“You know, you can feel several different ways about the same thing at the same time” is a quote from Johanna Nutter’s play “Mon Frère est Enceinte” (also played in English and known as “My Pregnant Brother”), performed tonight at the 23rd annual Fringe Festival, which showcases a variety of artistic pieces, such as dance, music, theatre and more. For a writer who is struggling to find words for her performance, no statement could be truer.
Before the play began, I was greeted by a smiling Nutter, and one wouldn’t think that such a happy looking woman was burdened with the responsibility to pick the pieces of a family broken by a member’s (formerly her sister and now her brother) desire to belong in their own skin. She tackles the sensitive issue of gender roles and norms, and her story is proof that gender is more than meets the eye. There is something for everyone in this play. Intertwined with other themes, such as family, sexuality, suicide, love, infertility, and abortion, Nutter managed to contrast this dark subject matter with light humour and small delightful anecdotes (does anyone have spare change for a sex change?) Her strong performance was all the more impressive with a minimally ornate setting, as she was equipped with a chair, a red gift-rapped box, and chalk-drawn streets and Mount-Royal in the background. No need for any gimmicks when Nutter’s act was bigger than the Mainline Theatre and boulevard Saint-Laurent itself.
She captivated an audience through utter silence, as she re-enacted the moment she found out on Christmas day her brother gave up his daughter for adoption. Her face, the only part of her body visible under the ruby red lighting, made it seem as though time had stopped, just for a couple of moments, engulfing the audience in her horror, in her reality. Following what I thought was the most powerful and compelling moment of the play, she opened the gift her mother sent; quite possibly the most hideous, Christmas decoration-like, green-sparkly dress. And, almost instantaneously, she brought smiles and laughs to a crowd who I think was still recovering from the previous scene. When she smiled, you smiled; it’s as simple as that. The purity and authenticity with which she told her incredibly surreal story took my breath away, and I still have yet to catch it.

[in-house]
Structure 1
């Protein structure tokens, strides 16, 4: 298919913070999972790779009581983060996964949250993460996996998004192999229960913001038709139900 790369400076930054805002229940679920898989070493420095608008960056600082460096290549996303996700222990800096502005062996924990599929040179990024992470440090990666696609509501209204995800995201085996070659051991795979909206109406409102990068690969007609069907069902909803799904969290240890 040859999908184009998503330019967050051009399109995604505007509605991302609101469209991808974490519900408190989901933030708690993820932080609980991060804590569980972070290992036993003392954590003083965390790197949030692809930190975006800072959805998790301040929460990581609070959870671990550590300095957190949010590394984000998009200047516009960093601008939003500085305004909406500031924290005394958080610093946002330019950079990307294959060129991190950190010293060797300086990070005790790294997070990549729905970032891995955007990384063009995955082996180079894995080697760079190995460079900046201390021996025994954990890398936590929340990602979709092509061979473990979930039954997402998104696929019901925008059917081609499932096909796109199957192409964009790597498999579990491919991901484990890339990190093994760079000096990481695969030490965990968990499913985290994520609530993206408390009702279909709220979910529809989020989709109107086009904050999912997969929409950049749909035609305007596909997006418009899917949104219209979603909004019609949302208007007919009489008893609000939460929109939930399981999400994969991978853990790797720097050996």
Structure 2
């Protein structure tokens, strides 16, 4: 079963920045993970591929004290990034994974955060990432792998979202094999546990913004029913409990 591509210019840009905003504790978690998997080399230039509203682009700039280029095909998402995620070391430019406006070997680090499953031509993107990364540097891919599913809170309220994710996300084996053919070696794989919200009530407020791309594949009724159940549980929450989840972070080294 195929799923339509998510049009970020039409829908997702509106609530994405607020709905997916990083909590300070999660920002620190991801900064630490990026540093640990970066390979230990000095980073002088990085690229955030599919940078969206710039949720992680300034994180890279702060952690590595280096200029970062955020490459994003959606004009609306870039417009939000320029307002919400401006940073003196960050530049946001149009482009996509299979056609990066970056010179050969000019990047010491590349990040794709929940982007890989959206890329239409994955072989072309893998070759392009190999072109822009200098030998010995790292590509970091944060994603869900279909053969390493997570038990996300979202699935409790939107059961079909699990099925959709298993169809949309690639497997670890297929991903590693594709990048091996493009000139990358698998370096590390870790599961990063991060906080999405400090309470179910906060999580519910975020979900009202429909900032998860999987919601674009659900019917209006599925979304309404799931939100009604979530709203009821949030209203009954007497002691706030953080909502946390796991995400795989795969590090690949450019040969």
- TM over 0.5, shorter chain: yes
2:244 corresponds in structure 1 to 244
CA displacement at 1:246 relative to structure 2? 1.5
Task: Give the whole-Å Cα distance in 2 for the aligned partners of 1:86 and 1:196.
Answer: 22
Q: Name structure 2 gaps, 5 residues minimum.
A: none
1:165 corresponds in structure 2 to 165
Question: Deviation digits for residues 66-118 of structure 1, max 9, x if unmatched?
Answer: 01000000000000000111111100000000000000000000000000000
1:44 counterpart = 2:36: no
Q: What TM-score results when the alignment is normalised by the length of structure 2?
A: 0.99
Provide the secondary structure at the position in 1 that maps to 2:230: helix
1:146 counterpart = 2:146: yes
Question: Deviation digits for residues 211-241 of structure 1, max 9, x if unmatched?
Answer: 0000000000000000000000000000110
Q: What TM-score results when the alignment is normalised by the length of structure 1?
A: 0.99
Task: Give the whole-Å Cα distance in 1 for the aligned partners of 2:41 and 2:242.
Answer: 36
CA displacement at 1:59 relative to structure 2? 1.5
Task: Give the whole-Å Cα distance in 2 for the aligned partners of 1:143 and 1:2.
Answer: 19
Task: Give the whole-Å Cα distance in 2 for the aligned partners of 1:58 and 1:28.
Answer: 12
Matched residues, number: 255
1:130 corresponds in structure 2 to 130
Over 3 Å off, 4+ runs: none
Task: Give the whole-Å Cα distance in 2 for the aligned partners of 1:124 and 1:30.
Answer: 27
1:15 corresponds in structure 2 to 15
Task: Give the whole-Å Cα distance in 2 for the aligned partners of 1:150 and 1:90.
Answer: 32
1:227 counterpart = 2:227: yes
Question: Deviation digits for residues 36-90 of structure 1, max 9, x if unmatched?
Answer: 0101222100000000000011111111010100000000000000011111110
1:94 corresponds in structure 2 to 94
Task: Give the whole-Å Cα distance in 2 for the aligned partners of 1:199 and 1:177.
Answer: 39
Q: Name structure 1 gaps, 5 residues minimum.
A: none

Visit her website: http://www.johannanutter.com/
For more shows at the Mainline Theatre, visit: http://www.mainlinetheatre.ca/
For more on the Fringe Festival, visit: http://www.montrealfringe.ca/en